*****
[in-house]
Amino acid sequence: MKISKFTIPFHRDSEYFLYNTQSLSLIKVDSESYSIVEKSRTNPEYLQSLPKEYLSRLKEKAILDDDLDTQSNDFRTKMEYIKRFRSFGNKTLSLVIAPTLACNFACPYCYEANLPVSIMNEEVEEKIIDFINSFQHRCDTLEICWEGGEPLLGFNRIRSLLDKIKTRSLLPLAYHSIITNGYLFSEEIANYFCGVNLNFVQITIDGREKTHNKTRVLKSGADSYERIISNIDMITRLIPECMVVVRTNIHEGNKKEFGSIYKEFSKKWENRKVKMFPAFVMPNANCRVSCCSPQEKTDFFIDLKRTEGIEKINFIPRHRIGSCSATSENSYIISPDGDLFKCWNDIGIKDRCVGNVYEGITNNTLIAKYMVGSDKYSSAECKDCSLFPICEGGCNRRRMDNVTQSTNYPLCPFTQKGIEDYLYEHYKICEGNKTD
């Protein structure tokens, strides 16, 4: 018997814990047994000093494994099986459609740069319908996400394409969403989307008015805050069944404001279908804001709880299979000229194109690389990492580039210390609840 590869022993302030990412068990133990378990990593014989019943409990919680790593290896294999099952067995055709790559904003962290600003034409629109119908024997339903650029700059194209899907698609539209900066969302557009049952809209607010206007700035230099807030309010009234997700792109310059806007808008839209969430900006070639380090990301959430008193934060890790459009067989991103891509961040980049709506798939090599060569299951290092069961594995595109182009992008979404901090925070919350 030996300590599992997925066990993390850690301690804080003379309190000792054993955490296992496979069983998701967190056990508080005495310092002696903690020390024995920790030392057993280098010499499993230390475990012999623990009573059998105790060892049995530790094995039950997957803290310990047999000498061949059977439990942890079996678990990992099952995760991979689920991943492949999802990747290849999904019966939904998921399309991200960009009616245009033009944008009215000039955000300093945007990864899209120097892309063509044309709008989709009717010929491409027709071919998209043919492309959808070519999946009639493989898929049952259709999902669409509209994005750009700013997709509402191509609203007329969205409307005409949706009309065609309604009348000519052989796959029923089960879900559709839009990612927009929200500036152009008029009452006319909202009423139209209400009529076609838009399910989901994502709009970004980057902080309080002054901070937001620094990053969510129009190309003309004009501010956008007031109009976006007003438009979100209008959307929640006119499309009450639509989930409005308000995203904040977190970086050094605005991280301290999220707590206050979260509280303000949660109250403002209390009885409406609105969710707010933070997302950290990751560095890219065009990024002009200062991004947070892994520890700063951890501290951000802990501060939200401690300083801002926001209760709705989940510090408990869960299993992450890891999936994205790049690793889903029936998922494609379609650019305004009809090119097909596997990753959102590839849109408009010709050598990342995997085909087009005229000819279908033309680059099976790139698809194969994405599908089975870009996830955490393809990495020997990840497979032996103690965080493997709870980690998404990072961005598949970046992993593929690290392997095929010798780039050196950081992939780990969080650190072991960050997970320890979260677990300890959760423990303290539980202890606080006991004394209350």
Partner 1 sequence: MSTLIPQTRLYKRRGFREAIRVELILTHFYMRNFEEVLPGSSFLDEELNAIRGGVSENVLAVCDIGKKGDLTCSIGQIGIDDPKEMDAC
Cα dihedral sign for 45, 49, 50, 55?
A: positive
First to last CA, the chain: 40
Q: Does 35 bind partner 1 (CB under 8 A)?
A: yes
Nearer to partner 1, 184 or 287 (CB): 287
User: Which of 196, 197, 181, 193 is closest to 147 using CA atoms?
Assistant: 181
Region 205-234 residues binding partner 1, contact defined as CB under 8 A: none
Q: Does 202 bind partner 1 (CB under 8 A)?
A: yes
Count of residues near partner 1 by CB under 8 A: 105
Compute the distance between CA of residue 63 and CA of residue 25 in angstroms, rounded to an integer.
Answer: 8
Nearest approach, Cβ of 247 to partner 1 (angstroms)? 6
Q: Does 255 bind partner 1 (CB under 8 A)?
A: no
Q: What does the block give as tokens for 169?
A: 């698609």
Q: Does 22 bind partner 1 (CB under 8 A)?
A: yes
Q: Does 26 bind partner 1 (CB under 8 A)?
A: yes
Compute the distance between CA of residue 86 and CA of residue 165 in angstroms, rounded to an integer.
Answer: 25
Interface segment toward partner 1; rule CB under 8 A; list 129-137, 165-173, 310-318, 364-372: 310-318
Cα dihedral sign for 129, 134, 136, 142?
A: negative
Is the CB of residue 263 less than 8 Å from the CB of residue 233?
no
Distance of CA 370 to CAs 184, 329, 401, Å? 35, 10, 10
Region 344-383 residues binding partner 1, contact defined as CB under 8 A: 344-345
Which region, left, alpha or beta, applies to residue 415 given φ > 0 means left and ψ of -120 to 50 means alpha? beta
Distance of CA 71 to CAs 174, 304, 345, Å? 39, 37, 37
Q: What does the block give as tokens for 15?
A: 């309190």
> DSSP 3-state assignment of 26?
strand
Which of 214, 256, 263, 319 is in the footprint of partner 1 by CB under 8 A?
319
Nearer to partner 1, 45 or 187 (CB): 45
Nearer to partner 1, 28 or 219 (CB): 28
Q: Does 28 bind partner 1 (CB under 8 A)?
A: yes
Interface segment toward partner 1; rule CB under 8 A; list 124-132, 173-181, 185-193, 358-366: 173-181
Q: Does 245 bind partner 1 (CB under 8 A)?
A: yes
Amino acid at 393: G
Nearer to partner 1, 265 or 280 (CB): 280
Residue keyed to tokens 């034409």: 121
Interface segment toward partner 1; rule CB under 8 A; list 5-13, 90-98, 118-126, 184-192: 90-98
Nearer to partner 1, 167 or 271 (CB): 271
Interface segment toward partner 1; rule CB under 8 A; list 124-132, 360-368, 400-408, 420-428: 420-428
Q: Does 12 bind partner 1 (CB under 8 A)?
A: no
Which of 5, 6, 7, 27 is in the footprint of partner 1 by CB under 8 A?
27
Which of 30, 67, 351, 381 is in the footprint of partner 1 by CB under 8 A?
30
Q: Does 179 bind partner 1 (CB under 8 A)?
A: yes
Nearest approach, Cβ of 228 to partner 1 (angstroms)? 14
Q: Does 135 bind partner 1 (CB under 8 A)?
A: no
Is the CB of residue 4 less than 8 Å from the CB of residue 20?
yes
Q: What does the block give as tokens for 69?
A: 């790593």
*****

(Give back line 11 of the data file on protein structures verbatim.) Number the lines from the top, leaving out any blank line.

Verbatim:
User: Which of 196, 197, 181, 193 is closest to 147 using CA atoms?